In initial searches, I found mostly music following a narrative as laid out in a picture or series of pictures to create program music. Pictures at an Exhibition is an excellent example. This, as with many other examples of composers and artist's making this connection in both directions, has connections to set design, and as with so many artist's and composers of that time for the Ballet Russe.

This piece was composed after Ravel visited an exhibition of work by Victor Hartmann.
The promenade sections portray walking around the exhibition and the way he felt as he moved between the paintings, these sections are not representing the visual aspects of the exhibition.

Other movements depict the image.

This piece is very much based on the content or narrative of the image, the sounds of chickens and the way they move is represented in the musical lines, but this specific image has quit a different aesthetic, being quite static, the frenzy of chickens moving cannot be seen here at all.

In this movement there are some connections to be made between the visual and musical features, but I still feel the music is based on the sense of a real grand building, not this painting. The lines and harmony of the music are big, expansive and regal, also representing the institution this building represents and beyond that Russian Nationalism. So this is an interesting example of how while music may begin by representing the visual features of an artwork it will always be so much more than that, as an artwork does not exist in isolation, it represents its time, its culture as well as its narrative. I think this particularly applies to representational art, purely abstract art and purely abstract music, such as the Bach example at the top of this post, will share more abstract features and allow for a more in-depth connection to be made purely on lines or shapes.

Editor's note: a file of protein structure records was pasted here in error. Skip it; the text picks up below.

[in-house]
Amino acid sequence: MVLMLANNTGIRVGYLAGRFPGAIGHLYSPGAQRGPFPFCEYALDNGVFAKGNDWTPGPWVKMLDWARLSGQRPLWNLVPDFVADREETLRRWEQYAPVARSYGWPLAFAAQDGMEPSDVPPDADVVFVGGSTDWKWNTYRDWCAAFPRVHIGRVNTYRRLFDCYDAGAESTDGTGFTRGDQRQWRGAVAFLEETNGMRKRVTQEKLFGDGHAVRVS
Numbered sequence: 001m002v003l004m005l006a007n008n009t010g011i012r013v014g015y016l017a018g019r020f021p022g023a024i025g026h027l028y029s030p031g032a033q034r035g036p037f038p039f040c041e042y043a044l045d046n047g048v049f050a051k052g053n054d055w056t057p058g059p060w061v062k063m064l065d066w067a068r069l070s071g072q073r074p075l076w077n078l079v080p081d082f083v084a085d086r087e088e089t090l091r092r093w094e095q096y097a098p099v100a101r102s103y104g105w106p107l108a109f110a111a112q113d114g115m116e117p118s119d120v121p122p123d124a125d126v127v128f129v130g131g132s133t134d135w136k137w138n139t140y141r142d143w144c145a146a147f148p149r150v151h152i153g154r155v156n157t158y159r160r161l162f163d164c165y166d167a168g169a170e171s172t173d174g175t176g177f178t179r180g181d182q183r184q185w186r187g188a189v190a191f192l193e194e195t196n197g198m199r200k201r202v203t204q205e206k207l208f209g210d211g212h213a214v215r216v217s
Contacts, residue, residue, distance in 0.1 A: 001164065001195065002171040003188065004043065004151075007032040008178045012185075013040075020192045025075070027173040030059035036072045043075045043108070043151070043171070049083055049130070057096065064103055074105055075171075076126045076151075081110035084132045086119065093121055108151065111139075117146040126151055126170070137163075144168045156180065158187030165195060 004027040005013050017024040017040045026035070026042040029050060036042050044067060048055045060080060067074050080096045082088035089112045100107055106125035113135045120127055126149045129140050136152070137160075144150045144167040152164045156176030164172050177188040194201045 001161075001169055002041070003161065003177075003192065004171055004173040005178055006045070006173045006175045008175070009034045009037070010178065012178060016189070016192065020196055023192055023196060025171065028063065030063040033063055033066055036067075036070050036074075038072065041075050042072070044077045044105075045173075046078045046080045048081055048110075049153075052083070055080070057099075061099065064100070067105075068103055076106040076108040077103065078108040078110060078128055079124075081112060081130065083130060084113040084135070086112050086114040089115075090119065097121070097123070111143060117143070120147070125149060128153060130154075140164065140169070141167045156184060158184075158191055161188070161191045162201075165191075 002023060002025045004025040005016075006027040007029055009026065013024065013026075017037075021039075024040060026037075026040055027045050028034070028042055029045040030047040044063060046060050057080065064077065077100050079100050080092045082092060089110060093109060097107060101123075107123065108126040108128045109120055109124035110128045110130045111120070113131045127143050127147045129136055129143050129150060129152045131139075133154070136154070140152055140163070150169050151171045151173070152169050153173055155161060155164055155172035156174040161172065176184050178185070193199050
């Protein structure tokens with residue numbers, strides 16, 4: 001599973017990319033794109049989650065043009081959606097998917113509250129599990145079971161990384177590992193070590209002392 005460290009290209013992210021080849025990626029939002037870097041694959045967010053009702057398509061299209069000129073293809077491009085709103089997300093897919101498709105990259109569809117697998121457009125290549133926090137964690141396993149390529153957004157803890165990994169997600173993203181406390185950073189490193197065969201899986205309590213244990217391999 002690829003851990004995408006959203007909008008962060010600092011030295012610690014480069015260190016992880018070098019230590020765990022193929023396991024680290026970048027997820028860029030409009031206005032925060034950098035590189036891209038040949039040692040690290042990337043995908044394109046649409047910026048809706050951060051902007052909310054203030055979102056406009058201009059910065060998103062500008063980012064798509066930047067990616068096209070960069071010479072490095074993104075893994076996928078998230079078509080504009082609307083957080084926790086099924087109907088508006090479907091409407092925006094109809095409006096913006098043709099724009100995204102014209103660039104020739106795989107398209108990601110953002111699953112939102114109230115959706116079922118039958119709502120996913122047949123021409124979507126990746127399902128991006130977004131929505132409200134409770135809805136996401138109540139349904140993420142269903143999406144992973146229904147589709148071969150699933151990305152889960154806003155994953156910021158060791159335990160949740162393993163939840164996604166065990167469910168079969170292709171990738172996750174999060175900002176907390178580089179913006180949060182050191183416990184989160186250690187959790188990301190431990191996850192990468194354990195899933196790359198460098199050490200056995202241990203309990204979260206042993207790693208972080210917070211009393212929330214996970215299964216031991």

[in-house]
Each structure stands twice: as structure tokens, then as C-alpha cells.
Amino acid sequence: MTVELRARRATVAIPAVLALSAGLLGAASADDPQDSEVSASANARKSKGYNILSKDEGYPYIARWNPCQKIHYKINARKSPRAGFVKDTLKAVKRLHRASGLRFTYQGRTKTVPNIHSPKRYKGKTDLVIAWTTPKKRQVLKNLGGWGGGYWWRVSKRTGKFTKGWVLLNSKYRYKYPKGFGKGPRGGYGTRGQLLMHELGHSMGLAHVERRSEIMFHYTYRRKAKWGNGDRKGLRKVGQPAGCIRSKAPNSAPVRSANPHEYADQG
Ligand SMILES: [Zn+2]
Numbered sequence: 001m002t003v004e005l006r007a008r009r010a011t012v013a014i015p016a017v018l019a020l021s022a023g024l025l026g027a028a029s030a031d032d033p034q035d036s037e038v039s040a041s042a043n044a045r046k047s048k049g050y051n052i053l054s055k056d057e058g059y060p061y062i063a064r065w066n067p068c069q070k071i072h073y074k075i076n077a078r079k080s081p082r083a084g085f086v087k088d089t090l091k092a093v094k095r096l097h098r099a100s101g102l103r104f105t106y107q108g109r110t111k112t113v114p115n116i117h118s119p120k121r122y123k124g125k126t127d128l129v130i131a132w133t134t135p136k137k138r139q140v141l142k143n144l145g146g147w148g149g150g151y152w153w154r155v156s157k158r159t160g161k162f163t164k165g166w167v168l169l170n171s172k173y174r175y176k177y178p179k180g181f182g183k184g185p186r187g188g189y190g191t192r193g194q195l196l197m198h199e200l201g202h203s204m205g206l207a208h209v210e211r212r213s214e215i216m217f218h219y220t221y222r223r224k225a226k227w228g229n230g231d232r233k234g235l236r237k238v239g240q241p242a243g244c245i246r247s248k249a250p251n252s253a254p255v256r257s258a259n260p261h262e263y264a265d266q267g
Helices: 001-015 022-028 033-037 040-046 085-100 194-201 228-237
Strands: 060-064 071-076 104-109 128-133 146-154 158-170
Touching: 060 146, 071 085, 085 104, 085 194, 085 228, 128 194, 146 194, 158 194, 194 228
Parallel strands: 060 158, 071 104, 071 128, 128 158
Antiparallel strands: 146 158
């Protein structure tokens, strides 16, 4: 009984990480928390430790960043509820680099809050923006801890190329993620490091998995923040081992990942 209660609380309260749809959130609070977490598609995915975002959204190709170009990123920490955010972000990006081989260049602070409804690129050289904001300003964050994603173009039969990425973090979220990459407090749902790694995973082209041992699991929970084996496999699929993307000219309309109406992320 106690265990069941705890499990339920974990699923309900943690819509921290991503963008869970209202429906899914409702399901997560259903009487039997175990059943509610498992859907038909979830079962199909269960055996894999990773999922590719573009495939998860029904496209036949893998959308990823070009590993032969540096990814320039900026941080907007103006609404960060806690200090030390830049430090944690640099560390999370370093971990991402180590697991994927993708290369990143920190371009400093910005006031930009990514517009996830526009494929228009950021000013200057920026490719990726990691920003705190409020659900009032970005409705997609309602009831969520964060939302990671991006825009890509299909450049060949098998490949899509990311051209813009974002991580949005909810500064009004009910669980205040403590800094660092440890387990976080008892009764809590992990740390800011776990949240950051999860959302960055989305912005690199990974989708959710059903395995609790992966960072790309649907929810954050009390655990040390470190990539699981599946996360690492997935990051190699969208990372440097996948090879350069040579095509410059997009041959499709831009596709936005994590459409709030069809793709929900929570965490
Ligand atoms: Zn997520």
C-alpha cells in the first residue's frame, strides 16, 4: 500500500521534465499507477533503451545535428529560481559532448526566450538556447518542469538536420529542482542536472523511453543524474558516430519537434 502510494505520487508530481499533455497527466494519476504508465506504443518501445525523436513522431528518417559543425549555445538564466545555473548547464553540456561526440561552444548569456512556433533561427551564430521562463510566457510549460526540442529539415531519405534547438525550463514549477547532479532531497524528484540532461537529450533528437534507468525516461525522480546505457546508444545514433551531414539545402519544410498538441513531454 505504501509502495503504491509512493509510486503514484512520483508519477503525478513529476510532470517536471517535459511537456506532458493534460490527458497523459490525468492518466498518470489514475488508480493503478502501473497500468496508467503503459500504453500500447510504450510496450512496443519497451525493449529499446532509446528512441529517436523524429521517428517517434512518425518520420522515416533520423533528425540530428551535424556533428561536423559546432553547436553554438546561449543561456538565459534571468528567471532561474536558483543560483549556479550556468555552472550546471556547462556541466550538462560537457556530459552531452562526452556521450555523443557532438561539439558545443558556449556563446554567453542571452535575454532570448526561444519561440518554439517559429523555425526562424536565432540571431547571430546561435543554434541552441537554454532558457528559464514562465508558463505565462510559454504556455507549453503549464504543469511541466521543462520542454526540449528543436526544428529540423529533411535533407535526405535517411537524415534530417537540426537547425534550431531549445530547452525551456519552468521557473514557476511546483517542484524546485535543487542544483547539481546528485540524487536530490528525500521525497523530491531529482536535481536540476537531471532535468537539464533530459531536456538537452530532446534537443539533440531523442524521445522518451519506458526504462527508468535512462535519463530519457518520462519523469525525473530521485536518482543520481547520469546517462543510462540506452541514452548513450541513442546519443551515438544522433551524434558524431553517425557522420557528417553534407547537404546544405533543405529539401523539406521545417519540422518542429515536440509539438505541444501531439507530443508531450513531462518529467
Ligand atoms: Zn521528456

Pictures from RSNO

How music can represents the broader aspects of an artwork also depends on whether the art and music are from the same era. In the Bach example a contemporary artist translated the music from another time into modern visual language. Bach himself would probably have been quite surprised by this interpretation. The Mussorgsky example both composer and artist were from the same era, aesthetic and political ethos of Russian nationalism. In the next example the composer is making a contemporary interpretation of an older work, Van Gogh Starry Night. This time he has the luxury of a deep understanding of Van Gogh's life, in particular knowledge of the mental health problems he was suffering from. The composer wanted to translate in his composition the "almost cosmic whirling effect which (the painting) produces". It starts with a slow moving chromatic melody creating character then later the swirling lines are depicted with fast moving melodic lines. I can hear how the composer has represented visual features of swirling lines with melodic lines, intense high value contrast with high contrast of register as well as the background history of the work of anguish and turmoil represented with chromaticism and irregular rhythms and phrases.

Timbres, espace, mouvement

Henri Dutilleux 1978

I would like to do some composition that interpreted visual art features, and I think it would help me generate connections and ideas for interpreting music visually, although this may take the form of exploration of sounds rather than a completed work.

No comments:

Post a Comment